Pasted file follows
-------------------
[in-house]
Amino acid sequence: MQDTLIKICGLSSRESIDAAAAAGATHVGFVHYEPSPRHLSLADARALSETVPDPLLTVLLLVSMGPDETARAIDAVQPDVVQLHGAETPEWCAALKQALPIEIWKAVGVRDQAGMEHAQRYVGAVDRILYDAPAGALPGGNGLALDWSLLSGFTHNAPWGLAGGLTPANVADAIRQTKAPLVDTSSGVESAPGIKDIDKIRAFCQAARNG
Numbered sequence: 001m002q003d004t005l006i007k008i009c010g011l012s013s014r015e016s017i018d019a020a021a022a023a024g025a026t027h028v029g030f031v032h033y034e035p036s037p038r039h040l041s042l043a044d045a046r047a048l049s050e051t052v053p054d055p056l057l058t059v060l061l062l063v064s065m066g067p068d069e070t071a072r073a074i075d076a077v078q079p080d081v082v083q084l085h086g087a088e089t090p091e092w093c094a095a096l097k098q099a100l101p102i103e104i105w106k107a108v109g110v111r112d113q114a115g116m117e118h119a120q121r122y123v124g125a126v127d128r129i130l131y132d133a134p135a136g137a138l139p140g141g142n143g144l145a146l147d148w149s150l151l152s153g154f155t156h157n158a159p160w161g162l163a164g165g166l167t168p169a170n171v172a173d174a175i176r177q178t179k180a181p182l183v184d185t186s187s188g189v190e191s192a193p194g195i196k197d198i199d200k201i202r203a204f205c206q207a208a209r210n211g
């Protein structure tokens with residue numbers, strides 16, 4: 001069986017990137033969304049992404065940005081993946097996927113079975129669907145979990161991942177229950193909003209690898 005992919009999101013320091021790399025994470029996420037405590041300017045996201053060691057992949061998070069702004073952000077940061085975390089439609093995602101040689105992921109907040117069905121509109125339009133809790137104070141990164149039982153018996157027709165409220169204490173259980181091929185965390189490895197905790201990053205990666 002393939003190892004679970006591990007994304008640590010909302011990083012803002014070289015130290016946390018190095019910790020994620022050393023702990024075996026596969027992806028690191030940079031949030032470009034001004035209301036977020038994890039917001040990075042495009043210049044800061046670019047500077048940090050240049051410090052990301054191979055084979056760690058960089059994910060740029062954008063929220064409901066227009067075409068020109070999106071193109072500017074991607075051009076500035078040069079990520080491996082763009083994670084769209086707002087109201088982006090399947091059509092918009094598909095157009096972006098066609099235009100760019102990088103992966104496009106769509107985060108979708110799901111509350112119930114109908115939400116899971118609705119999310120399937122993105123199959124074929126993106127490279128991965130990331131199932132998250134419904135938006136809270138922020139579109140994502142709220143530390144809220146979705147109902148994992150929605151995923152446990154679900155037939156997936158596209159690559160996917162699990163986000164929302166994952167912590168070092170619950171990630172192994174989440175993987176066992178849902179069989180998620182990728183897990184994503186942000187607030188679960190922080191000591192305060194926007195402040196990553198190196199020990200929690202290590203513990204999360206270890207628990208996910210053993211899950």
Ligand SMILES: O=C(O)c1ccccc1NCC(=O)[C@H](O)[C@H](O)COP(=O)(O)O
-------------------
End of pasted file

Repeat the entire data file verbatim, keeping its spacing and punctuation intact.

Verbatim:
[in-house]
Amino acid sequence: MQDTLIKICGLSSRESIDAAAAAGATHVGFVHYEPSPRHLSLADARALSETVPDPLLTVLLLVSMGPDETARAIDAVQPDVVQLHGAETPEWCAALKQALPIEIWKAVGVRDQAGMEHAQRYVGAVDRILYDAPAGALPGGNGLALDWSLLSGFTHNAPWGLAGGLTPANVADAIRQTKAPLVDTSSGVESAPGIKDIDKIRAFCQAARNG
Numbered sequence: 001m002q003d004t005l006i007k008i009c010g011l012s013s014r015e016s017i018d019a020a021a022a023a024g025a026t027h028v029g030f031v032h033y034e035p036s037p038r039h040l041s042l043a044d045a046r047a048l049s050e051t052v053p054d055p056l057l058t059v060l061l062l063v064s065m066g067p068d069e070t071a072r073a074i075d076a077v078q079p080d081v082v083q084l085h086g087a088e089t090p091e092w093c094a095a096l097k098q099a100l101p102i103e104i105w106k107a108v109g110v111r112d113q114a115g116m117e118h119a120q121r122y123v124g125a126v127d128r129i130l131y132d133a134p135a136g137a138l139p140g141g142n143g144l145a146l147d148w149s150l151l152s153g154f155t156h157n158a159p160w161g162l163a164g165g166l167t168p169a170n171v172a173d174a175i176r177q178t179k180a181p182l183v184d185t186s187s188g189v190e191s192a193p194g195i196k197d198i199d200k201i202r203a204f205c206q207a208a209r210n211g
């Protein structure tokens with residue numbers, strides 16, 4: 001069986017990137033969304049992404065940005081993946097996927113079975129669907145979990161991942177229950193909003209690898 005992919009999101013320091021790399025994470029996420037405590041300017045996201053060691057992949061998070069702004073952000077940061085975390089439609093995602101040689105992921109907040117069905121509109125339009133809790137104070141990164149039982153018996157027709165409220169204490173259980181091929185965390189490895197905790201990053205990666 002393939003190892004679970006591990007994304008640590010909302011990083012803002014070289015130290016946390018190095019910790020994620022050393023702990024075996026596969027992806028690191030940079031949030032470009034001004035209301036977020038994890039917001040990075042495009043210049044800061046670019047500077048940090050240049051410090052990301054191979055084979056760690058960089059994910060740029062954008063929220064409901066227009067075409068020109070999106071193109072500017074991607075051009076500035078040069079990520080491996082763009083994670084769209086707002087109201088982006090399947091059509092918009094598909095157009096972006098066609099235009100760019102990088103992966104496009106769509107985060108979708110799901111509350112119930114109908115939400116899971118609705119999310120399937122993105123199959124074929126993106127490279128991965130990331131199932132998250134419904135938006136809270138922020139579109140994502142709220143530390144809220146979705147109902148994992150929605151995923152446990154679900155037939156997936158596209159690559160996917162699990163986000164929302166994952167912590168070092170619950171990630172192994174989440175993987176066992178849902179069989180998620182990728183897990184994503186942000187607030188679960190922080191000591192305060194926007195402040196990553198190196199020990200929690202290590203513990204999360206270890207628990208996910210053993211899950």
Ligand SMILES: O=C(O)c1ccccc1NCC(=O)[C@H](O)[C@H](O)COP(=O)(O)O